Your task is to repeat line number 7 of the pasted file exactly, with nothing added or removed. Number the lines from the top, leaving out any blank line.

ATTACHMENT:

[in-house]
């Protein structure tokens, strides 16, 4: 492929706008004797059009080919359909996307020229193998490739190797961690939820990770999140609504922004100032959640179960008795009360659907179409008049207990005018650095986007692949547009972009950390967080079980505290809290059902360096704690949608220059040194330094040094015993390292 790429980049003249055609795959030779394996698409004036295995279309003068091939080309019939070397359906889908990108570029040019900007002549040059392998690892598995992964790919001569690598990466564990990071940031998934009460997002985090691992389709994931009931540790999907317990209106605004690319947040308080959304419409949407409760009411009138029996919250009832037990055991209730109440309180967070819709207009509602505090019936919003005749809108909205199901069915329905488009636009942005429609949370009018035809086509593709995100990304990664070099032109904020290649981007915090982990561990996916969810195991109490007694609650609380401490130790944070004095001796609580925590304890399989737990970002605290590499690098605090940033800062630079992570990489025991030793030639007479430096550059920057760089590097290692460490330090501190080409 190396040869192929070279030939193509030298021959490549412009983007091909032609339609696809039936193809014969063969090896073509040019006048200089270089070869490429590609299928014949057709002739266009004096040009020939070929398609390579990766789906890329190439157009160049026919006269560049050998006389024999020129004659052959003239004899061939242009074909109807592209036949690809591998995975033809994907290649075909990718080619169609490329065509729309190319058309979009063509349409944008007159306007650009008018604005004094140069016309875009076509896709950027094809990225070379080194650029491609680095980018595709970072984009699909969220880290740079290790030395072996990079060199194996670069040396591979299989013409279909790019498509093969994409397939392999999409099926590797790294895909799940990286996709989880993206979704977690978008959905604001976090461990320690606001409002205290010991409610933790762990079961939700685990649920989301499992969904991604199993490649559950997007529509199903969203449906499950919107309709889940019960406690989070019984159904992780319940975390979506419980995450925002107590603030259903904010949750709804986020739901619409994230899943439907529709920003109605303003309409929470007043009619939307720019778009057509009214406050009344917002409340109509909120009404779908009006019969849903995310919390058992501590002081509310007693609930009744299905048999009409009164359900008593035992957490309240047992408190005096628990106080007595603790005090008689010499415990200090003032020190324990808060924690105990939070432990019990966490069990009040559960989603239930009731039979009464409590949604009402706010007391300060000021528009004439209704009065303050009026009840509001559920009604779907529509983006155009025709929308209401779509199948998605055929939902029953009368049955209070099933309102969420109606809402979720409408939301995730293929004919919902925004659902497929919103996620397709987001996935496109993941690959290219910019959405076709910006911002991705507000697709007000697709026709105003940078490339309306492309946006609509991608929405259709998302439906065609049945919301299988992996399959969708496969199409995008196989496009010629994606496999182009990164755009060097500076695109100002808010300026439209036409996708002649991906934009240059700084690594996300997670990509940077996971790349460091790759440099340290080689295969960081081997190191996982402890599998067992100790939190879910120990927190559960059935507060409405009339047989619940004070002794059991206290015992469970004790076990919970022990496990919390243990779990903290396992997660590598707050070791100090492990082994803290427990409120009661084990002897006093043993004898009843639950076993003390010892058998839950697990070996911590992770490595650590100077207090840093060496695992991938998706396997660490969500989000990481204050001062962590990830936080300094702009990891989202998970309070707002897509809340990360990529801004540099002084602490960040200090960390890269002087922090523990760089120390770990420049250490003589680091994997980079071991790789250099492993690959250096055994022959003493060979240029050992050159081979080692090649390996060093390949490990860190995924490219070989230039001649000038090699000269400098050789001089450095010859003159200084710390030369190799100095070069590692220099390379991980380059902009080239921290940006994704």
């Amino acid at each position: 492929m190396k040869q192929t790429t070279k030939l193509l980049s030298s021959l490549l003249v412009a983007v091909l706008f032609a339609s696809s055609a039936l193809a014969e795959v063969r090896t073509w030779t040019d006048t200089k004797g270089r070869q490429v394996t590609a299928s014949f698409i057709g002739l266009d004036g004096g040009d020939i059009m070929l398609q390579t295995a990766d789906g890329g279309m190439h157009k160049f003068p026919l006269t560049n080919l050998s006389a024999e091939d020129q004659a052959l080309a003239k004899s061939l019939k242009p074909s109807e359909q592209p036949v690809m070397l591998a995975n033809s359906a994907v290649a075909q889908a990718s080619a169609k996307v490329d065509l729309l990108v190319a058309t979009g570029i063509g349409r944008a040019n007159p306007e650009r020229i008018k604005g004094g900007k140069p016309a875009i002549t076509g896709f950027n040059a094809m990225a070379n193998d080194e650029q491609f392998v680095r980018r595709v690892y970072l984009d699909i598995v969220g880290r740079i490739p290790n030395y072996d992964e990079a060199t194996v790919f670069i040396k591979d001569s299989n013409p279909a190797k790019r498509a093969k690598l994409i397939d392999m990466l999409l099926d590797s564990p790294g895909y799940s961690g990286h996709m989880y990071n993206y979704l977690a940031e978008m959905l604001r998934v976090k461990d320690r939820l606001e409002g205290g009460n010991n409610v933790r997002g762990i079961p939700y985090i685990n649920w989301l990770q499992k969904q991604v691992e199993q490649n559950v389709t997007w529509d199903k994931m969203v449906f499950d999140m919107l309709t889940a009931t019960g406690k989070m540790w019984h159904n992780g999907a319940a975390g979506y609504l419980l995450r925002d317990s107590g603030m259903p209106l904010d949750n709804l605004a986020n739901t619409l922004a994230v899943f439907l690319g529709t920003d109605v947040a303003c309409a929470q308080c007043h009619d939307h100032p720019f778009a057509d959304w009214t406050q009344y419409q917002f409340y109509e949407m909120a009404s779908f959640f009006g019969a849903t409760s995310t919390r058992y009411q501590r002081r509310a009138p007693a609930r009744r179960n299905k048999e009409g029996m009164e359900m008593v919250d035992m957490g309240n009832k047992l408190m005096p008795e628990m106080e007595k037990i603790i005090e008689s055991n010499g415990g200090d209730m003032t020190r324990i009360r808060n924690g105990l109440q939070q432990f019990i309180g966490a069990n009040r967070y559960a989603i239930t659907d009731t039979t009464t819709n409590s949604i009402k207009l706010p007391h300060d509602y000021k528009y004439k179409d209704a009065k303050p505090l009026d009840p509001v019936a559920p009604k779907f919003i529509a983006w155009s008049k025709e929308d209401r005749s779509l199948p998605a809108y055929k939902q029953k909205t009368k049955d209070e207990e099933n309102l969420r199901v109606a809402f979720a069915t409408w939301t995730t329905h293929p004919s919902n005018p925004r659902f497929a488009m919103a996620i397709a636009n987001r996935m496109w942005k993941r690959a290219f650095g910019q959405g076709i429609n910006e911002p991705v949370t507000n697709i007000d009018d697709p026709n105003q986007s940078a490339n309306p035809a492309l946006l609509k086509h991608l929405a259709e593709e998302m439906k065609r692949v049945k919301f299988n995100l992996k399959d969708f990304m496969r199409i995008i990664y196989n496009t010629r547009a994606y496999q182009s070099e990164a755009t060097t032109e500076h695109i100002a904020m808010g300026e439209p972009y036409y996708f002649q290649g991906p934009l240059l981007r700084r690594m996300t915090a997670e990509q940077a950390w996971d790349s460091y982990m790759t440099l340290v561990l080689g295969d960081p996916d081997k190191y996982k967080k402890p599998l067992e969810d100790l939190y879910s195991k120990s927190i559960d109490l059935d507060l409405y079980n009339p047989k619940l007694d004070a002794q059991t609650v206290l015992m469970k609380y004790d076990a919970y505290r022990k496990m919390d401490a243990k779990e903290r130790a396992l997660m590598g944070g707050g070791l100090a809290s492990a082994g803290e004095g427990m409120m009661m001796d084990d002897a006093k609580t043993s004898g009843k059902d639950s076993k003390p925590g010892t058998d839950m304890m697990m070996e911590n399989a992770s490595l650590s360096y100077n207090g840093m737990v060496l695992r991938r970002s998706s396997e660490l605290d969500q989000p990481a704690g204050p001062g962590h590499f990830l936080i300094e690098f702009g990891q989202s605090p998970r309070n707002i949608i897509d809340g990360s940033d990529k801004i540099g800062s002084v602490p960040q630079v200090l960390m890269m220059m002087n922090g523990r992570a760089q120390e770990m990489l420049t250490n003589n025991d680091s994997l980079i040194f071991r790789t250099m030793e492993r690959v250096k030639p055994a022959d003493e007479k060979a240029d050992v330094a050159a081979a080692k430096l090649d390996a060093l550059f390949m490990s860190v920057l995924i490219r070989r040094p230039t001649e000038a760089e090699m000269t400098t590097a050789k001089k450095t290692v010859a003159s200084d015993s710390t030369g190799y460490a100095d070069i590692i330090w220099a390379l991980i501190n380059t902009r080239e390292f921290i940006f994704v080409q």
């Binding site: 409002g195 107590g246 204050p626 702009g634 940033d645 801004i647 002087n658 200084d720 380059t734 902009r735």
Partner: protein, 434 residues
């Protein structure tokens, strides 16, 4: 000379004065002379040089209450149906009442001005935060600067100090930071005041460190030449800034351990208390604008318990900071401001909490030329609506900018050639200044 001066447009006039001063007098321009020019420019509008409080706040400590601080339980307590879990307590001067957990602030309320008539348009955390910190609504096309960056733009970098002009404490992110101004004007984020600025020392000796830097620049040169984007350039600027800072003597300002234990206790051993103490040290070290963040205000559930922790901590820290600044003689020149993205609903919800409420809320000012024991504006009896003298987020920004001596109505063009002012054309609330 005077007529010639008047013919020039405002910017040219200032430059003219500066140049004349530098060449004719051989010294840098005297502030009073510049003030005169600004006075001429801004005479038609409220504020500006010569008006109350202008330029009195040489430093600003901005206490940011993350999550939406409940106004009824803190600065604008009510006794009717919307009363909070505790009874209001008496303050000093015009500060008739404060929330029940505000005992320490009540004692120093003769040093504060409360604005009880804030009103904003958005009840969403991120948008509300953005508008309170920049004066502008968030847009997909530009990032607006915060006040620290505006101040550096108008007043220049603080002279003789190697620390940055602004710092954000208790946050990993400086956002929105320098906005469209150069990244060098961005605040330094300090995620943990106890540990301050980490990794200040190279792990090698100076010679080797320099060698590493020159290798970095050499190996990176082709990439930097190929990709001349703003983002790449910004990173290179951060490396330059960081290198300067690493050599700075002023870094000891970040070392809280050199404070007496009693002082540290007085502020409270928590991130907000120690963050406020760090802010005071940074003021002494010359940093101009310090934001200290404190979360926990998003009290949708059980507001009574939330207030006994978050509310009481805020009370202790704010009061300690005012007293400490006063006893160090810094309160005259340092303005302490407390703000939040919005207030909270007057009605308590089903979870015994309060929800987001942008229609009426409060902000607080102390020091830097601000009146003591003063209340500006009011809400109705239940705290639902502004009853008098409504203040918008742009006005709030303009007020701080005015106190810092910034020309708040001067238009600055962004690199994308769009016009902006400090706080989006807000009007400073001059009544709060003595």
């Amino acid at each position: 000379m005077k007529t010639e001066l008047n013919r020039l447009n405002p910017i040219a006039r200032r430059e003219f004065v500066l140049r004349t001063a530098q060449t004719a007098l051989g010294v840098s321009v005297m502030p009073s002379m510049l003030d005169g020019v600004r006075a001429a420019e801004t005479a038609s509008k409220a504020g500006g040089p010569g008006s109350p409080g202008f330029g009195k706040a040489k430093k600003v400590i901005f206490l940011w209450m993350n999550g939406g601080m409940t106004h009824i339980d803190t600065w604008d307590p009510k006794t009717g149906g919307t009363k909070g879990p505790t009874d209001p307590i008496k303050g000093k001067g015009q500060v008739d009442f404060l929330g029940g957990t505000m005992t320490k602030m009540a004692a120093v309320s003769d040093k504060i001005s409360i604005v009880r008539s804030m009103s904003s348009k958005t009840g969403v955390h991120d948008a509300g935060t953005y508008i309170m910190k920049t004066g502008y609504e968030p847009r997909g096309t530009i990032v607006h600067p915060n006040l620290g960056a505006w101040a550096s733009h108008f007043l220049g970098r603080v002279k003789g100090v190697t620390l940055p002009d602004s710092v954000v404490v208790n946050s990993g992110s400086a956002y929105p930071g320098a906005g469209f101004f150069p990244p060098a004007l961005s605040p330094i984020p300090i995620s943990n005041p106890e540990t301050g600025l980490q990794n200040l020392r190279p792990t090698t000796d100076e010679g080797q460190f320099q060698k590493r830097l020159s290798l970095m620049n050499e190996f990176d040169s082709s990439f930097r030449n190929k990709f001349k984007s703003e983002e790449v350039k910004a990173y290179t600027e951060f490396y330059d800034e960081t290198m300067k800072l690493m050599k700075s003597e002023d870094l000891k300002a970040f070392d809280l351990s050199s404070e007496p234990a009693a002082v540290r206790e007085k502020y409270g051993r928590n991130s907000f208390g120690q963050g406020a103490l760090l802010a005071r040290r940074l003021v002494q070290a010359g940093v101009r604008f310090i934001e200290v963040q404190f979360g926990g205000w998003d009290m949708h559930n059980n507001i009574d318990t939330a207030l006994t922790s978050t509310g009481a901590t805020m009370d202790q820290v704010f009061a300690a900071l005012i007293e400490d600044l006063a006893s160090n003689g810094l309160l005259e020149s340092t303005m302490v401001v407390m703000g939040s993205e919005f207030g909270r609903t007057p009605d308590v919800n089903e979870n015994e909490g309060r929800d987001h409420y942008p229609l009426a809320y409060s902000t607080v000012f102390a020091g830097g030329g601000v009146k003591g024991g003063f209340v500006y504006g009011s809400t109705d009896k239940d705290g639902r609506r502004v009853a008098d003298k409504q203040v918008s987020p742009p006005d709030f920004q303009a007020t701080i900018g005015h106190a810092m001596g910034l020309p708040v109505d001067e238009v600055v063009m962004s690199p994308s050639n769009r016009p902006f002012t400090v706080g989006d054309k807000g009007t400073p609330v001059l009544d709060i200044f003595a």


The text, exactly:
């Amino acid at each position: 000379m005077k007529t010639e001066l008047n013919r020039l447009n405002p910017i040219a006039r200032r430059e003219f004065v500066l140049r004349t001063a530098q060449t004719a007098l051989g010294v840098s321009v005297m502030p009073s002379m510049l003030d005169g020019v600004r006075a001429a420019e801004t005479a038609s509008k409220a504020g500006g040089p010569g008006s109350p409080g202008f330029g009195k706040a040489k430093k600003v400590i901005f206490l940011w209450m993350n999550g939406g601080m409940t106004h009824i339980d803190t600065w604008d307590p009510k006794t009717g149906g919307t009363k909070g879990p505790t009874d209001p307590i008496k303050g000093k001067g015009q500060v008739d009442f404060l929330g029940g957990t505000m005992t320490k602030m009540a004692a120093v309320s003769d040093k504060i001005s409360i604005v009880r008539s804030m009103s904003s348009k958005t009840g969403v955390h991120d948008a509300g935060t953005y508008i309170m910190k920049t004066g502008y609504e968030p847009r997909g096309t530009i990032v607006h600067p915060n006040l620290g960056a505006w101040a550096s733009h108008f007043l220049g970098r603080v002279k003789g100090v190697t620390l940055p002009d602004s710092v954000v404490v208790n946050s990993g992110s400086a956002y929105p930071g320098a906005g469209f101004f150069p990244p060098a004007l961005s605040p330094i984020p300090i995620s943990n005041p106890e540990t301050g600025l980490q990794n200040l020392r190279p792990t090698t000796d100076e010679g080797q460190f320099q060698k590493r830097l020159s290798l970095m620049n050499e190996f990176d040169s082709s990439f930097r030449n190929k990709f001349k984007s703003e983002e790449v350039k910004a990173y290179t600027e951060f490396y330059d800034e960081t290198m300067k800072l690493m050599k700075s003597e002023d870094l000891k300002a970040f070392d809280l351990s050199s404070e007496p234990a009693a002082v540290r206790e007085k502020y409270g051993r928590n991130s907000f208390g120690q963050g406020a103490l760090l802010a005071r040290r940074l003021v002494q070290a010359g940093v101009r604008f310090i934001e200290v963040q404190f979360g926990g205000w998003d009290m949708h559930n059980n507001i009574d318990t939330a207030l006994t922790s978050t509310g009481a901590t805020m009370d202790q820290v704010f009061a300690a900071l005012i007293e400490d600044l006063a006893s160090n003689g810094l309160l005259e020149s340092t303005m302490v401001v407390m703000g939040s993205e919005f207030g909270r609903t007057p009605d308590v919800n089903e979870n015994e909490g309060r929800d987001h409420y942008p229609l009426a809320y409060s902000t607080v000012f102390a020091g830097g030329g601000v009146k003591g024991g003063f209340v500006y504006g009011s809400t109705d009896k239940d705290g639902r609506r502004v009853a008098d003298k409504q203040v918008s987020p742009p006005d709030f920004q303009a007020t701080i900018g005015h106190a810092m001596g910034l020309p708040v109505d001067e238009v600055v063009m962004s690199p994308s050639n769009r016009p902006f002012t400090v706080g989006d054309k807000g009007t400073p609330v001059l009544d709060i200044f003595a």